Lytton Strachey accomplished a revolution in biographical writing in his succinct and satirical biographies of four Eminent Victorians (1918) which were written in pointed reaction to the Victorian, two-volumed hagiographical life-and-letters tradition. Coming at the time of momentous changes in literature at large (T.S. Eliot’s Prufrock and Other Observations, for example, had appeared in the previous year), Strachey’s volume was perfectly timed. His biography of Queen Victoria followed in 1921. With this, his literary reputation was consolidated and his fame secured. The “Preface” to Eminent Victorians enunciates his biographical-historical principles of selectivity and quasi-scientific detachment:<…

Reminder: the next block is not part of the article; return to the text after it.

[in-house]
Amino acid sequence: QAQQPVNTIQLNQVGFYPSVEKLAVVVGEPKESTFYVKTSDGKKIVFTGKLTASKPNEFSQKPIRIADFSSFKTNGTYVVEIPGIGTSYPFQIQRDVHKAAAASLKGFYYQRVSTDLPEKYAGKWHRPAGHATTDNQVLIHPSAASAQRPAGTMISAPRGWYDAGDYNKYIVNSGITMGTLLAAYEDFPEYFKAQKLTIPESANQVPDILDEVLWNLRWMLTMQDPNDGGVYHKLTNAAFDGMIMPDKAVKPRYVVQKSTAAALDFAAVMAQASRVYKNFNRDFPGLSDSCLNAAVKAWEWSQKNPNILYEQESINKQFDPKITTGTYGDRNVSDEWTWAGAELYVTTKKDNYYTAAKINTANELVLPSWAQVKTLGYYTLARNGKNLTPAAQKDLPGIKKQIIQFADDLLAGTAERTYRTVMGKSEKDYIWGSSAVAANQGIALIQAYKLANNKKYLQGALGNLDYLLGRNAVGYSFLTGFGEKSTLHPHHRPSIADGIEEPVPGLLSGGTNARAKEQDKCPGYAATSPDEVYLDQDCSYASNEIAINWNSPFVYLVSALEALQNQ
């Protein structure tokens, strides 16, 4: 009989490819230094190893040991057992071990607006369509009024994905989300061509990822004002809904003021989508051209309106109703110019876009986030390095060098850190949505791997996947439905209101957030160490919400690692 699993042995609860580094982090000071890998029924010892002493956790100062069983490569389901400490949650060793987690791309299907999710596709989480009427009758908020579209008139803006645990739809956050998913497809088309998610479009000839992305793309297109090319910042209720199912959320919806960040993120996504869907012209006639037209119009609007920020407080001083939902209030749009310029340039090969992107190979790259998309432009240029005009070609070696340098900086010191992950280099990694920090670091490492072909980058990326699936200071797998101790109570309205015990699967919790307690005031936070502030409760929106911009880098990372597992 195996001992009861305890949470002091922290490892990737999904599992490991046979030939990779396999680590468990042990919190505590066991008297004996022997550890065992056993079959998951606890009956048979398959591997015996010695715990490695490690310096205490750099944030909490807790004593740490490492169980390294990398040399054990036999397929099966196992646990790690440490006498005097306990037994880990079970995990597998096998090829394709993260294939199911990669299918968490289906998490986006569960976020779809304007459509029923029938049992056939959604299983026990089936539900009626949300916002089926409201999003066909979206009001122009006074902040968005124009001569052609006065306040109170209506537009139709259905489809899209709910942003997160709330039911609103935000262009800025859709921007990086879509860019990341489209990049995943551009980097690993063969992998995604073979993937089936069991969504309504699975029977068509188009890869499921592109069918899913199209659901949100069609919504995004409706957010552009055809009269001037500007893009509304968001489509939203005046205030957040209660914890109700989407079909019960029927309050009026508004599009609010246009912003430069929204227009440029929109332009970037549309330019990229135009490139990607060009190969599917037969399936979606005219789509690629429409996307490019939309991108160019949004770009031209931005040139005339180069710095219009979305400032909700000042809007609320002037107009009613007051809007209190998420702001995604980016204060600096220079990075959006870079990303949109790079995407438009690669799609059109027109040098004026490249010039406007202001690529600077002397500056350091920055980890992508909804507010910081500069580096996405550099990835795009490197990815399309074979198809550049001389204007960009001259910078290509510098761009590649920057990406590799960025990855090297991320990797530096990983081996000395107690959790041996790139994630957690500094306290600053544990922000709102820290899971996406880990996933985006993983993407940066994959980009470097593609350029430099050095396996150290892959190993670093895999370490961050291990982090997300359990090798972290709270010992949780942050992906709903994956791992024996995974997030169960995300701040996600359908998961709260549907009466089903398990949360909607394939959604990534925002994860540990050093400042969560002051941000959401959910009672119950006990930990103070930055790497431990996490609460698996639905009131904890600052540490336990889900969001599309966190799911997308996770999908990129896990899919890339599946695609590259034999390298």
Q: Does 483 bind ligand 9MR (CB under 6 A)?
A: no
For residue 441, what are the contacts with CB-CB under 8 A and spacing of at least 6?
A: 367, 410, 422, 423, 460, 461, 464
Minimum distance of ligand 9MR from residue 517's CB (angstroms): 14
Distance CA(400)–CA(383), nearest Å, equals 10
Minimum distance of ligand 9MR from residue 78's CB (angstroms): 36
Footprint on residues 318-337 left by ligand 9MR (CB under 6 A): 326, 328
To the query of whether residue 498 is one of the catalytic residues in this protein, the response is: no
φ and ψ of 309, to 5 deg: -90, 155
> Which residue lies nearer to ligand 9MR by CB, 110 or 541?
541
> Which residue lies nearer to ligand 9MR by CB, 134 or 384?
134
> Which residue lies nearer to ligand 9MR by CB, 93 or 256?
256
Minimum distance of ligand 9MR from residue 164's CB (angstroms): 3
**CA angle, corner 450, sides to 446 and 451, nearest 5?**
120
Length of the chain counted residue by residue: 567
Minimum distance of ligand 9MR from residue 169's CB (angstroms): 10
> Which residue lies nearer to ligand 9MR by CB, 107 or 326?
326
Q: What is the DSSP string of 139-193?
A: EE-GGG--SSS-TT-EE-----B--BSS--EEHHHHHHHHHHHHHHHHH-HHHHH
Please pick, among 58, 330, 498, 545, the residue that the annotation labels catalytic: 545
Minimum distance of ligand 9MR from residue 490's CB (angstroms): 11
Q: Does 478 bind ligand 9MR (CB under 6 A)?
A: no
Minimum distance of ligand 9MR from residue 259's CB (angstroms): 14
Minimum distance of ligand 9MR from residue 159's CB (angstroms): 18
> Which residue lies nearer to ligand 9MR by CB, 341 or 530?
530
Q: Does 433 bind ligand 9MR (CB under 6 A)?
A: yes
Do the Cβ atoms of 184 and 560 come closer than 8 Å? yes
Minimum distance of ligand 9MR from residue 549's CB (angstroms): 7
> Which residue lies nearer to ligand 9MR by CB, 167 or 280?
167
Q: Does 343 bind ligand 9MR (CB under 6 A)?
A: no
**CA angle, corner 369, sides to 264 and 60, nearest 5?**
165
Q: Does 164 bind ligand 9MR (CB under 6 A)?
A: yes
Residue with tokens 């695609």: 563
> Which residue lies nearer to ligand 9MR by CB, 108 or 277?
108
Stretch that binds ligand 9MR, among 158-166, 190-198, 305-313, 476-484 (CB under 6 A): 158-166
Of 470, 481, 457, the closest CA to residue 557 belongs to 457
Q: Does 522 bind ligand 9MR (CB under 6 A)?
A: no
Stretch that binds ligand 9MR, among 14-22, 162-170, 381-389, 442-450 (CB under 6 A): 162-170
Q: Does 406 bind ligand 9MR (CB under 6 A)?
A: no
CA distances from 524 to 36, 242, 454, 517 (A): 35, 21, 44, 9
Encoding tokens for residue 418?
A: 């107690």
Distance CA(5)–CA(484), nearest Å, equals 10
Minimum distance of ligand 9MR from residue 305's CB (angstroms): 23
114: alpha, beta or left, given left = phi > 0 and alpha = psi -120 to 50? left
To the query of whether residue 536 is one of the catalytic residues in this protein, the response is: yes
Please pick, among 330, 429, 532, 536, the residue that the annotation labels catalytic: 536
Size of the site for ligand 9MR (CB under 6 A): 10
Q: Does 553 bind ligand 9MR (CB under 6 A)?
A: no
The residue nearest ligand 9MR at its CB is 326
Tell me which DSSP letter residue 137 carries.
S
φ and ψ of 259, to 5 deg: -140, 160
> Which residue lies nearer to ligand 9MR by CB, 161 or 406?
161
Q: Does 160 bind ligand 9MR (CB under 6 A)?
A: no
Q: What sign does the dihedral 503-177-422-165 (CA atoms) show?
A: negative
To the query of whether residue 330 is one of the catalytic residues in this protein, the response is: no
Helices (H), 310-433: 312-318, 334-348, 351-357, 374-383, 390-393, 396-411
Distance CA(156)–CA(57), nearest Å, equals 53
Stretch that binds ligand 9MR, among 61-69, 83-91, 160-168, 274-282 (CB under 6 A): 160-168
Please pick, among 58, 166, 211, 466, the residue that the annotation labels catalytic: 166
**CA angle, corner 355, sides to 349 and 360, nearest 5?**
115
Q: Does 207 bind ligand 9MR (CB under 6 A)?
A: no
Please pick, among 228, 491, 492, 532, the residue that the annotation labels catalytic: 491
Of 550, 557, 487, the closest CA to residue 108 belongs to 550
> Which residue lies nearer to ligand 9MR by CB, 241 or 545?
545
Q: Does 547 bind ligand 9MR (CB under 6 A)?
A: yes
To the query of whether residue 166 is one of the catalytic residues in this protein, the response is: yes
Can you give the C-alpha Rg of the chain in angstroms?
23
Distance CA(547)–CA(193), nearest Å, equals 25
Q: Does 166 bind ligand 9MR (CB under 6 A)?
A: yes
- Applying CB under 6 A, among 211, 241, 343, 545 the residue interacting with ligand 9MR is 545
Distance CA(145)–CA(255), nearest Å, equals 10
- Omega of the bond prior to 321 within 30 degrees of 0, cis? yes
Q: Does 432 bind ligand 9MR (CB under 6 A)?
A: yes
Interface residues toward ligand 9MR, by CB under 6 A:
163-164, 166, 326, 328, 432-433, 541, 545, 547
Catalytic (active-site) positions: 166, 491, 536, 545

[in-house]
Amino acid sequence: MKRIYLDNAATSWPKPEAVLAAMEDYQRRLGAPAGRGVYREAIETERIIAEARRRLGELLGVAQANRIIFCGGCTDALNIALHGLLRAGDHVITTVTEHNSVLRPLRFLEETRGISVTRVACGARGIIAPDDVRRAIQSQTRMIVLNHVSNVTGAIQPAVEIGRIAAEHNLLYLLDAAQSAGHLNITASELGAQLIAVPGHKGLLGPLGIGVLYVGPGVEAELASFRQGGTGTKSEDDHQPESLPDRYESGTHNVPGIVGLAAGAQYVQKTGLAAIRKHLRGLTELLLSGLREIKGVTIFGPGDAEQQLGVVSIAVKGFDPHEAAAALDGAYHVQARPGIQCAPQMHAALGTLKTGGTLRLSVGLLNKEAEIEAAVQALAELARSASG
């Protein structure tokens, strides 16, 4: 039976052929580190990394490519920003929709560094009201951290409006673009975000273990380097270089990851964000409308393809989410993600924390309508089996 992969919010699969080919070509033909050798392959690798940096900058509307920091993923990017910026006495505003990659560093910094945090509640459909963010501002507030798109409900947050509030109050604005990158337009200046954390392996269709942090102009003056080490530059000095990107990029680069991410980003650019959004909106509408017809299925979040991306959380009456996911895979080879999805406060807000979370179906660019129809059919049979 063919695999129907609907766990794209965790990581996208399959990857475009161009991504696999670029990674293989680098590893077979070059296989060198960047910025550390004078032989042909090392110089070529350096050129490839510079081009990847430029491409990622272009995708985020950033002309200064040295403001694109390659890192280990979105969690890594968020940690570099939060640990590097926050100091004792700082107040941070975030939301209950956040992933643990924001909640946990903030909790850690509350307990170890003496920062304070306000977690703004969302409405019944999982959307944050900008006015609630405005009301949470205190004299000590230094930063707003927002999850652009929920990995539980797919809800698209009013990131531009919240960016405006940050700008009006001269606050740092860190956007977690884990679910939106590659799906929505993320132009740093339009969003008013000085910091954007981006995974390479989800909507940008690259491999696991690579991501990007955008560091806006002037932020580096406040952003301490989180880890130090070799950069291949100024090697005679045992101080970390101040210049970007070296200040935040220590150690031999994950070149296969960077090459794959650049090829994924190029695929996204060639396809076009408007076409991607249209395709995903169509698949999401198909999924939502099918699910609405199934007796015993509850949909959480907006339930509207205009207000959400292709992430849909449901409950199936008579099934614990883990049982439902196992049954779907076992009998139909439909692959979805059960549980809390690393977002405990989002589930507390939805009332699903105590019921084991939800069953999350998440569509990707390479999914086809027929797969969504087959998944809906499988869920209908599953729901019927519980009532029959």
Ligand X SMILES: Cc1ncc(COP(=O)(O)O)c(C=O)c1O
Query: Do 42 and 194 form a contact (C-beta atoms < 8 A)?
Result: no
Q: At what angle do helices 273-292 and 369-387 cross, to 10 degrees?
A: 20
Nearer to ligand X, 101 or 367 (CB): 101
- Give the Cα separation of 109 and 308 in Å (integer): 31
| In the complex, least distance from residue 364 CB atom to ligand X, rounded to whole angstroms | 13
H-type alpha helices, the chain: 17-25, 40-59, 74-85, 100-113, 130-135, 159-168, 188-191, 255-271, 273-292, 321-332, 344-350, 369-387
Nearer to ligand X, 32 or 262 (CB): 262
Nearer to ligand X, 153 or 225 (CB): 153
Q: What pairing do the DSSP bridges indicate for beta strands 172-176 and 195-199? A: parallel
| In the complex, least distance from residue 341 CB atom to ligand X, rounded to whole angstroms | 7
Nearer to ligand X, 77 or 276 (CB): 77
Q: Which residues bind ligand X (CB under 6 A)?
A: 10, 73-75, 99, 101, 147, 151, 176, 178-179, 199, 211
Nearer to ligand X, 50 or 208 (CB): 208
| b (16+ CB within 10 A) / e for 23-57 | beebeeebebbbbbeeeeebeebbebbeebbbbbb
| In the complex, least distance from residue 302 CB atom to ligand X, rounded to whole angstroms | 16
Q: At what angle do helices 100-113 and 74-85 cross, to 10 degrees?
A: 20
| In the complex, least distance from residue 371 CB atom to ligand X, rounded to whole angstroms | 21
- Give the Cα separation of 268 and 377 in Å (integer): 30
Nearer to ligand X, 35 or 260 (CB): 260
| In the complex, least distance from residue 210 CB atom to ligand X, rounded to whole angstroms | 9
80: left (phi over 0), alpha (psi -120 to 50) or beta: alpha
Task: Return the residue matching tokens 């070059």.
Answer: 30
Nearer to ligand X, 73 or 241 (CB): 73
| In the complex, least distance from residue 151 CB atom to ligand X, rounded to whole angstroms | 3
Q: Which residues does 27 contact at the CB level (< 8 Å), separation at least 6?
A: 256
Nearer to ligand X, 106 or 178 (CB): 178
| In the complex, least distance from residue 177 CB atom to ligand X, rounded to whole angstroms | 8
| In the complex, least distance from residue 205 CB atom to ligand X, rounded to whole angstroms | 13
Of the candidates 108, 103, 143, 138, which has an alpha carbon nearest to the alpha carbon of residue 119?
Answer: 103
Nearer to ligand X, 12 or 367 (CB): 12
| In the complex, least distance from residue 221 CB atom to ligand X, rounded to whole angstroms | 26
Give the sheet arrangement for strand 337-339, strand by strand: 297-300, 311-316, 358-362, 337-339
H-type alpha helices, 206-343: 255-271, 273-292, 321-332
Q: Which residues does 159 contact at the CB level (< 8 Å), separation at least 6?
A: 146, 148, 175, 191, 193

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Spurr, Barry. "Lytton Strachey". The Literary Encyclopedia. First published 16 December 2004
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